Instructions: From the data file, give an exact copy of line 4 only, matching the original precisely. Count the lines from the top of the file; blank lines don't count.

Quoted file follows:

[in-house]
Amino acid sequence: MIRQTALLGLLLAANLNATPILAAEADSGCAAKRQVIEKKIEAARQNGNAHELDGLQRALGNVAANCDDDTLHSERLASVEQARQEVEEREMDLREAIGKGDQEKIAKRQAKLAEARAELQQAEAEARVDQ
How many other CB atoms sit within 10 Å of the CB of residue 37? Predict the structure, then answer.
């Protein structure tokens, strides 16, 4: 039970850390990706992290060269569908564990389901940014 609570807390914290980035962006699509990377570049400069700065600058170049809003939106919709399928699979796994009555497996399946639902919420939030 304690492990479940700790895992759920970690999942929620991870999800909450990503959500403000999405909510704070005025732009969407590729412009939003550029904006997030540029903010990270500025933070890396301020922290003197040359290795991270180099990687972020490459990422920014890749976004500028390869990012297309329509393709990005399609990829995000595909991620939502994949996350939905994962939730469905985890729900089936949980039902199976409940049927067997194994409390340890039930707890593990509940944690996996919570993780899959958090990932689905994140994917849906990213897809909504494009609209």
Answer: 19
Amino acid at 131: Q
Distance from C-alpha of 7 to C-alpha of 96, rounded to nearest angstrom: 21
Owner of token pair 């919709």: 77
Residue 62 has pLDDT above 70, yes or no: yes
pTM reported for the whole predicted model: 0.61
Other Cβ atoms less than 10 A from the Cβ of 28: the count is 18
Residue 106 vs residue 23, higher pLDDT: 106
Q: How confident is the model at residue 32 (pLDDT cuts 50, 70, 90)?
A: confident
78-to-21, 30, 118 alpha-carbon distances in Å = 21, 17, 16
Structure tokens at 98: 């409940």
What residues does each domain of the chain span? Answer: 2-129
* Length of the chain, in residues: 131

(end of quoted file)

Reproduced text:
């Protein structure tokens, strides 16, 4: 039970850390990706992290060269569908564990389901940014 609570807390914290980035962006699509990377570049400069700065600058170049809003939106919709399928699979796994009555497996399946639902919420939030 304690492990479940700790895992759920970690999942929620991870999800909450990503959500403000999405909510704070005025732009969407590729412009939003550029904006997030540029903010990270500025933070890396301020922290003197040359290795991270180099990687972020490459990422920014890749976004500028390869990012297309329509393709990005399609990829995000595909991620939502994949996350939905994962939730469905985890729900089936949980039902199976409940049927067997194994409390340890039930707890593990509940944690996996919570993780899959958090990932689905994140994917849906990213897809909504494009609209």